US7583444Dec 21, 2005Sep 1, 20093M Innovative Properties CompanyProcess for making microlens arrays and masterforms
US7655376 *Dec 5, 2003Feb 2, 20103M Innovative Properties CompanyProcess for producing photonic crystals and controlled defects therein
US7790353Jun 14, 2001Sep 7, 20103M Innovative Properties Companymethod of enhancing peak power of light source (e.g., short pulse laser) used in photoreactive absorption (e.g., reacting) process, comprising splitting light from light source into plurality of parts and focusing parts at same volume element of a photoreactive composition from a plurality of directions
US7799885Nov 30, 2005Sep 21, 2010Corning Incorporatedsuitable for use in replicating optical components; substantially free, <== 5% by weight, of urethane (meth)acrylates, halogenated (meth)acrylates, or monofunctional (meth)acrylates
US7893410Dec 20, 2006Feb 22, 20113M Innovative Properties CompanyMethod and apparatus for processing multiphoton curable photoreactive compositions
US7936956May 28, 2009May 3, 20113M Innovative Properties CompanyProcess for making light guides with extraction structures and light guides produced thereby
US7941013May 17, 2007May 10, 20113M Innovative Properties CompanyProcess for making light guides with extraction structures and light guides produced thereby
US8004767Jul 27, 2009Aug 23, 20113M Innovative Properties CompanyProcess for making microlens arrays and masterforms
US8088877Feb 12, 2009Jan 3, 2012Corning IncorporatedPhoto or electron beam curable compositions
US8107168Apr 28, 2009Jan 31, 20123M Innovative Properties CompanyBeam splitter apparatus and system
US8322874Sep 2, 2008Dec 4, 20123M Innovative Properties CompanyLightguides having light extraction structures providing regional control of light output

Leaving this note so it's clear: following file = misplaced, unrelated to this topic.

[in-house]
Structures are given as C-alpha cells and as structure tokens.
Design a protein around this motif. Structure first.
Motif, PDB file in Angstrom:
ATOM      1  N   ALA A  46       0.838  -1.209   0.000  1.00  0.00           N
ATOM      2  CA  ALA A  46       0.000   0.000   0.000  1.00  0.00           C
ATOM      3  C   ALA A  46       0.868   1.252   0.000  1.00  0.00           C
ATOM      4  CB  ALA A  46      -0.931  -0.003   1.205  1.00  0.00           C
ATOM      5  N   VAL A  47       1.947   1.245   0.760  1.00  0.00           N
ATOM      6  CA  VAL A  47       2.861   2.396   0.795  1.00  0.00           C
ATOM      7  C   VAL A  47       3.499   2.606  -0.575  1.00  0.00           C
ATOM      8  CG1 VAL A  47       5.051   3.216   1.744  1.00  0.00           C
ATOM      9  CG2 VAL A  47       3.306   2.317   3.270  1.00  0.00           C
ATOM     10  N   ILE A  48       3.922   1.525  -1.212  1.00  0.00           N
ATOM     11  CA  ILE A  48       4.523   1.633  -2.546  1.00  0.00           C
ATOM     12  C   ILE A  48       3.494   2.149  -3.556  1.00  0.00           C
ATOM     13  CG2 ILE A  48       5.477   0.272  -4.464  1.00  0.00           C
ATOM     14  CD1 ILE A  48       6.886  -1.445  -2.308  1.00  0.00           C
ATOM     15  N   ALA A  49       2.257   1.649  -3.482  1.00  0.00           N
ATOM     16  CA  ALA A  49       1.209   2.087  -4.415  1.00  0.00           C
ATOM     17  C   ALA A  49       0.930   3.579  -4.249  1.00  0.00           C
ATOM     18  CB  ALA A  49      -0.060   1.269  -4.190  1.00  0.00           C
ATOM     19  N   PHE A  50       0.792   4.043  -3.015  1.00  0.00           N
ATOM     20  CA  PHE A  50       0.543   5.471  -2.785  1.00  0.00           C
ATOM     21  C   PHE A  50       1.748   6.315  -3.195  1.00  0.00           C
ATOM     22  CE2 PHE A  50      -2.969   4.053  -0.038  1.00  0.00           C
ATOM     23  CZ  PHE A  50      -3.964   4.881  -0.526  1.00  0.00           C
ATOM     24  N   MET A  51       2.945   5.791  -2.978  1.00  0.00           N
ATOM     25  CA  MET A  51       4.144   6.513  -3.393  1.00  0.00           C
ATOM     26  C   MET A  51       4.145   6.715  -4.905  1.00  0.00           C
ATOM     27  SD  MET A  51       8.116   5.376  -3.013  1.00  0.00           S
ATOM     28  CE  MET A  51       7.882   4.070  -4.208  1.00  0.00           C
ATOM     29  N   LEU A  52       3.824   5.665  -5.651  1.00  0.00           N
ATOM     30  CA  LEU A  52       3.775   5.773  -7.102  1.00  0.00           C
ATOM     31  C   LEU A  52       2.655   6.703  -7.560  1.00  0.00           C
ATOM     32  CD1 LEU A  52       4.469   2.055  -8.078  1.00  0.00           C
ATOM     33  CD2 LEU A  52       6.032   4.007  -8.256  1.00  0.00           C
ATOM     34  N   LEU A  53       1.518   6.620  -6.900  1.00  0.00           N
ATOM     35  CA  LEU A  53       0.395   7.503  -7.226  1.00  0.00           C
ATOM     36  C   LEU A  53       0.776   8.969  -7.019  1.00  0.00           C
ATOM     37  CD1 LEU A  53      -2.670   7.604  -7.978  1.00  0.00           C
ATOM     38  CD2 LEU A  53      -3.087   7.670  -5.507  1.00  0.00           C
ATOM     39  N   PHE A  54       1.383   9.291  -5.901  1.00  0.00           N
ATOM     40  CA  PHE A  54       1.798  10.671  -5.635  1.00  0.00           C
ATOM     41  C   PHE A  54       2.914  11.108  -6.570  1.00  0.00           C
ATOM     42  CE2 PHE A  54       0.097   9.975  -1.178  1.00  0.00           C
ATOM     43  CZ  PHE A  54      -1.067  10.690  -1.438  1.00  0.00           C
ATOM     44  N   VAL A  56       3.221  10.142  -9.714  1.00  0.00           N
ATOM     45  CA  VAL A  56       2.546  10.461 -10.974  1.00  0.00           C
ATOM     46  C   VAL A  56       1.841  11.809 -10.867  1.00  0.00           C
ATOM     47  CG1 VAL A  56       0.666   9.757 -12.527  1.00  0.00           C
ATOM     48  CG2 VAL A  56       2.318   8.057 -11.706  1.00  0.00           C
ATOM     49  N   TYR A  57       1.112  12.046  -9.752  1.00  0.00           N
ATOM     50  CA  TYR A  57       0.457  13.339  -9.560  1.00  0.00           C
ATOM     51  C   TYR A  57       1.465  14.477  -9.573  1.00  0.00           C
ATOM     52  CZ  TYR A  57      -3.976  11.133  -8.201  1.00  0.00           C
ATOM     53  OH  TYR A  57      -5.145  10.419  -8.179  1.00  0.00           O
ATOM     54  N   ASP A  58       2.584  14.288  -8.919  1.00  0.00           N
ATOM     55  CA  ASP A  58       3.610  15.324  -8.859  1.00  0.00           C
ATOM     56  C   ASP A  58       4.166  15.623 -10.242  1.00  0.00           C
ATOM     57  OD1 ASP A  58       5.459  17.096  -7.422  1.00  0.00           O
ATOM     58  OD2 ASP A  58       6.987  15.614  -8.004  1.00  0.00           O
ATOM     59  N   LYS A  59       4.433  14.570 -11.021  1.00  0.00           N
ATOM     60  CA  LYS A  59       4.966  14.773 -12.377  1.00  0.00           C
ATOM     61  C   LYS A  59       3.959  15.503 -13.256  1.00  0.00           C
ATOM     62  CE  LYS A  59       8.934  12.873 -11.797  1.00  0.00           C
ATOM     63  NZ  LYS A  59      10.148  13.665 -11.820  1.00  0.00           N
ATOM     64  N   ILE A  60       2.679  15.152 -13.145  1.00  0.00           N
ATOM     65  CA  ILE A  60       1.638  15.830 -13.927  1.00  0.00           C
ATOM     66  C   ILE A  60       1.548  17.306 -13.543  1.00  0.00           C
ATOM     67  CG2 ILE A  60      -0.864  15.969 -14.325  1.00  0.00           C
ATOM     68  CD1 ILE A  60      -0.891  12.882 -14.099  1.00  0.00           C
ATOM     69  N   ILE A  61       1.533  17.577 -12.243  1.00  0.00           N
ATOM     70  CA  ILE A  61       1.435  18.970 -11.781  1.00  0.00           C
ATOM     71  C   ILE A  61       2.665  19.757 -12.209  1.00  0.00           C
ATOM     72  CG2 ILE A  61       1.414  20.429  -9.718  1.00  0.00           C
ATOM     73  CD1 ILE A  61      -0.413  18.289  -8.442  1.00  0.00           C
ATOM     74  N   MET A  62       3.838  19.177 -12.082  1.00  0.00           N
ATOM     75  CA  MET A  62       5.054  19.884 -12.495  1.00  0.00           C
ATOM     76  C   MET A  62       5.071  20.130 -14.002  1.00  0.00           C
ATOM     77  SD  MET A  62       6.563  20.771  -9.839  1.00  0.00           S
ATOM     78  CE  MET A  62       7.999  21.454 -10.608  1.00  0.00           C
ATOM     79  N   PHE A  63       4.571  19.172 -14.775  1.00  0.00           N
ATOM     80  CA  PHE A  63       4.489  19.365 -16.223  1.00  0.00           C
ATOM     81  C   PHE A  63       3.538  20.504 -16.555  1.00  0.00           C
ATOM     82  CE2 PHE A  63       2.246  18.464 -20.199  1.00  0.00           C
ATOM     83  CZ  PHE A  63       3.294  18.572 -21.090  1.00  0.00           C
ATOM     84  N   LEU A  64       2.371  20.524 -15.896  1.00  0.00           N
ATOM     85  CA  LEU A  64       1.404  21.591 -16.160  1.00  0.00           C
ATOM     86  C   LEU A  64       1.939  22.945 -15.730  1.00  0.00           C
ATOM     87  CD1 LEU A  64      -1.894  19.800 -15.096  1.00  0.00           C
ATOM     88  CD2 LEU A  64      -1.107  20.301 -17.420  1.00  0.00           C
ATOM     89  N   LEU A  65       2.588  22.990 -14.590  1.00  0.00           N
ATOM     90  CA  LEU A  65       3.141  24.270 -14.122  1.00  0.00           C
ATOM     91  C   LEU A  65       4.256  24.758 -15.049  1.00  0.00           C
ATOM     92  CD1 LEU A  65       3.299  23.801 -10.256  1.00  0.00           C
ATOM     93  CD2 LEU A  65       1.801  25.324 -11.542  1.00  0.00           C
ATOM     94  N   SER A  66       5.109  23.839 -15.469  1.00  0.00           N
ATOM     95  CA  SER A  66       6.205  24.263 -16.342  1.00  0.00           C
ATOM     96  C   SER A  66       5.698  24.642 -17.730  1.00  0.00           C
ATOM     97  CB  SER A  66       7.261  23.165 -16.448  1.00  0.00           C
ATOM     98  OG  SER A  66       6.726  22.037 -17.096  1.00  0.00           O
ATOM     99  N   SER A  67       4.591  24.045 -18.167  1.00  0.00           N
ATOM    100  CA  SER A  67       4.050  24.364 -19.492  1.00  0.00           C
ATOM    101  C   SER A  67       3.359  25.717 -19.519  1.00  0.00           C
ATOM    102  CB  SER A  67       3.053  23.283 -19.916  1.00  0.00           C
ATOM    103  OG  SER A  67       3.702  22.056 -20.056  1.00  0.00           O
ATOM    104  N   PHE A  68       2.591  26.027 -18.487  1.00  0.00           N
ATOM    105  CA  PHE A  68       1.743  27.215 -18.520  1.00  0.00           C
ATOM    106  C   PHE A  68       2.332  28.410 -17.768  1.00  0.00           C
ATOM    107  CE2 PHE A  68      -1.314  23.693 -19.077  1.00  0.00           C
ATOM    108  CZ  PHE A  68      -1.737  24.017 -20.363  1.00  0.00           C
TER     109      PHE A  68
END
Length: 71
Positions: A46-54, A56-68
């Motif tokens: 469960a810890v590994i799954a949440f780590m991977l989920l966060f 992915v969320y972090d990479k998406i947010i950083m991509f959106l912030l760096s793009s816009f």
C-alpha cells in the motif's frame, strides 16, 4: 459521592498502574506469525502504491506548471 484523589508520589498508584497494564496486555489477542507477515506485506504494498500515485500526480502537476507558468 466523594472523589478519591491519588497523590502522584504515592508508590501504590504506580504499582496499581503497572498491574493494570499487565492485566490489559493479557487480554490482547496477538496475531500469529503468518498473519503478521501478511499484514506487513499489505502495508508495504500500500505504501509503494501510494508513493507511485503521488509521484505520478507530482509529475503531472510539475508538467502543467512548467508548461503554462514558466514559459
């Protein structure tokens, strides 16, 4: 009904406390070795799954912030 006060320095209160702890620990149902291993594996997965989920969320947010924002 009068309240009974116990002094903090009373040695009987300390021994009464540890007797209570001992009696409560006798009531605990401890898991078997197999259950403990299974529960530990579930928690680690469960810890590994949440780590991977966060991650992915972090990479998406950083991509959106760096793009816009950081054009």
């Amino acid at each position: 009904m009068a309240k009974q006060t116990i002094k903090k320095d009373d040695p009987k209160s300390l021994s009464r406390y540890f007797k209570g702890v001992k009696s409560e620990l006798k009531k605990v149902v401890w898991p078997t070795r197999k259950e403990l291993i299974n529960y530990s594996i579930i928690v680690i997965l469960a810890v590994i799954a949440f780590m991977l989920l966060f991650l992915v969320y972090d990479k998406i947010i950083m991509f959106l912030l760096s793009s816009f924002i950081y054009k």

US8451457Oct 3, 2008May 28, 20133M Innovative Properties CompanyChromatic confocal sensor
US8455846Nov 6, 2008Jun 4, 20133M Innovative Properties CompanyMethod for making structures with improved edge definition
US8545037Nov 6, 2012Oct 1, 20133M Innovative Properties CompanyLightguides having light extraction structures providing regional control of light output
US8557941Nov 30, 2011Oct 15, 2013Corning IncorporatedPhoto or electron beam curable compositions
US8605256Feb 17, 2009Dec 10, 20133M Innovative Properties CompanyMulti-photon exposure system
CN101529309BSep 13, 2007Dec 14, 20113M创新有限公司分束器装置和系统
DE112006003494T5Dec 20, 2006Oct 30, 20083M Innovative Properties Co., Saint PaulVerfahren und Vorrichtung zur Verarbeitung von mehrphotonen-aushärtbaren photoreaktiven Zusammensetzungen
WO2006130995A2 *Jun 12, 2006Dec 14, 2006Consejo Nac Invest Cient TecFluorescent photopolymerizable resins and uses thereof
WO2007112309A2 *Mar 23, 2007Oct 4, 20073M Innovative Properties CoProcess for making microneedles, microneedle arrays, masters, and replication tools
WO2008033750A1Sep 10, 2007Mar 20, 20083M Innovative Properties CoOptical system suitable for processing multiphoton curable photoreactive compositions
WO2012145282A2Apr 17, 2012Oct 26, 20123M Innovative Properties CompanyEnhanced multi-photon imaging resolution method
WO2012170204A1May 23, 2012Dec 13, 20123M Innovative Properties CompanyPhotoresists containing polymer-tethered nanoparticles
Classifications
U.S. Classification430/270.1, 430/321
International ClassificationG02B6/122, G03F7/038, G03F7/20, B29C67/00, G02B3/00, G02B6/13, G02B5/18, G02B3/06, G02B6/138
Cooperative ClassificationG02B6/1221, G02B3/06, G02B6/13, G03F7/0387, B29L2011/0075, G03F7/2053, B29C67/0055, G02B6/138
European ClassificationG02B6/13, G03F7/20S2, B29C67/00R2, G03F7/038P, G02B3/06, G02B6/122C, G02B6/138
Legal Events
DateCodeEventDescription
Jul 18, 2012FPAYFee payment
Year of fee payment: 8
Aug 25, 2008REMIMaintenance fee reminder mailed
Aug 15, 2008FPAYFee payment
Year of fee payment: 4
Aug 15, 2006CCCertificate of correction
Dec 17, 2002ASAssignment
Owner name: 3M INNOVATIVE PROPERTIES COMPANY, MINNESOTA
Free format text: ASSIGNMENT OF ASSIGNORS INTEREST;ASSIGNORS:DEVOE, ROBERT J.;LEATHERDALE, CATHERINE A.;MAO, GUOPING;AND OTHERS;REEL/FRAME:013597/0301;SIGNING DATES FROM 20021204 TO 20021205
Owner name: 3M INNOVATIVE PROPERTIES COMPANY P.O. BOX 33427ST.
Free format text: ASSIGNMENT OF ASSIGNORS INTEREST;ASSIGNORS:DEVOE, ROBERT J. /AR;REEL/FRAME:013597/0301;SIGNING DATES FROM 20021204 TO 20021205